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Plastic toxins in oceans threaten lugworms, which recycle nutrients
PLASTIC pollution in oceans is a growing problem. Over time, movement of waves and exposure to the sun breaks the material into tiny particles called microplastics which harm even the smallest oceanic organisms. Two studies published in the journal Current Biology on December 2 examined the effects of microplastics on lugworms, which are a source of food for fish and birds and play an important role in nutrient recycling.
One of the studies found that lugworms are up to 50 per cent less energetic if ocean sediments contain significant amounts of microplastics. This had a serious effect on their growth and reproduction. The researchers, led by Stephanie L Wright from the College of Life and Environmental Sciences, University of Exeter, UK, exposed worms to sediments containing various amounts of plastic contaminants for short and long periods and found that not only did the worms eat less, but microplastics also got retained in their gut, slowing the process of digestion. If marine worms eat less and have low energy levels, it leads to a drastic decrease in turnover of organic content in sediments, which adversely impacts nutrient recycling.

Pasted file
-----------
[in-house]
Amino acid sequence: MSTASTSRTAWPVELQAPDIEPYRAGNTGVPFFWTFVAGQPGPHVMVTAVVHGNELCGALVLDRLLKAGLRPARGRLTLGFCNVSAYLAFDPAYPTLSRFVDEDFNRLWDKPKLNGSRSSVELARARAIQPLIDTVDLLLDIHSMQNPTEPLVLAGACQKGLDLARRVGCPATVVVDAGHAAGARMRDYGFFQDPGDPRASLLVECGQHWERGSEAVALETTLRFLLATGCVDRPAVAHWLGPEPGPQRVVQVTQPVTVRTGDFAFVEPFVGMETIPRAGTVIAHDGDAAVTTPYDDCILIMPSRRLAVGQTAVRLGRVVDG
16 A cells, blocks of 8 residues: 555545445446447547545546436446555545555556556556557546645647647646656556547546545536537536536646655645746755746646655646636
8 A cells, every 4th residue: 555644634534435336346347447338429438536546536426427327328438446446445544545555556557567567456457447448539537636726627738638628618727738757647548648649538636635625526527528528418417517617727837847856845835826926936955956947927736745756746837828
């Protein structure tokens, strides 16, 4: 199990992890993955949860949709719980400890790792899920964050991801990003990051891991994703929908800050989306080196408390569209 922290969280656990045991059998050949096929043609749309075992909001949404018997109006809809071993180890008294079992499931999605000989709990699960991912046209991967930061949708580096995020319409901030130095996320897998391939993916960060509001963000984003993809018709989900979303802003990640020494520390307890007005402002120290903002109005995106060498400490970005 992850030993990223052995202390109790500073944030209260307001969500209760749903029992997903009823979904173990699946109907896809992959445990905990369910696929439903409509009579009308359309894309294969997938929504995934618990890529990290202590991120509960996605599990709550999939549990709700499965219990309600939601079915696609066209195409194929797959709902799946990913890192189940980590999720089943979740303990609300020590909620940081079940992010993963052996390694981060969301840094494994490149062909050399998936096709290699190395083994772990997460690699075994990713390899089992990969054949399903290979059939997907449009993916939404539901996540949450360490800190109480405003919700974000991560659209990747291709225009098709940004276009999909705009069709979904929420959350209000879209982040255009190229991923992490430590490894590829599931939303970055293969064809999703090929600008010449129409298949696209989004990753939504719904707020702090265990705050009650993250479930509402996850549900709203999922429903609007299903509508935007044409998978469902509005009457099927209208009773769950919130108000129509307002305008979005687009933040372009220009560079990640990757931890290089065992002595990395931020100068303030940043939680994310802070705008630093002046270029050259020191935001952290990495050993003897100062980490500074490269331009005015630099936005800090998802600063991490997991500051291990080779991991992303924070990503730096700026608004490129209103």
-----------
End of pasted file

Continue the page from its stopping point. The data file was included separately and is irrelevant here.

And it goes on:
The second study showed that when lugworms were exposed to sand with 5 per cent of microplastic (containing pollutants and additive chemicals), the chemicals got deposited in their gut tissues and took a long time to break down. ThisÃ”Ã‡Ãªbrought down their immunity levels and reduced their ability to add organic content to sediments. It also made them susceptible to oxidative stress and even death.
The study was done by Mark Anthony Browne from the School of Marine Science and Engineering, Plymouth University, UK. “The best way to deal with plastic debris is to stop the waste from entering the ocean in the first place: to replace, reduce, reuse and recycle our plastics,” says S Bijoy Nandan, associate professor at the department of marine biology, Cochin University of Science and Technology, India.
William J Cooper, professor at the department of Civil and Environmental Engineering, and director of the Urban Water Research Center, University of California, US, says, “Plastic pollution may or may not have a direct tie to human health, but these studies have shown that it is harmful to these polychaete worms which are an essential part of the ‘mud’ ecosystem.”
Browne’s study also said that 33 billion tonnes of plastic would be added to the planet by the year 2050.
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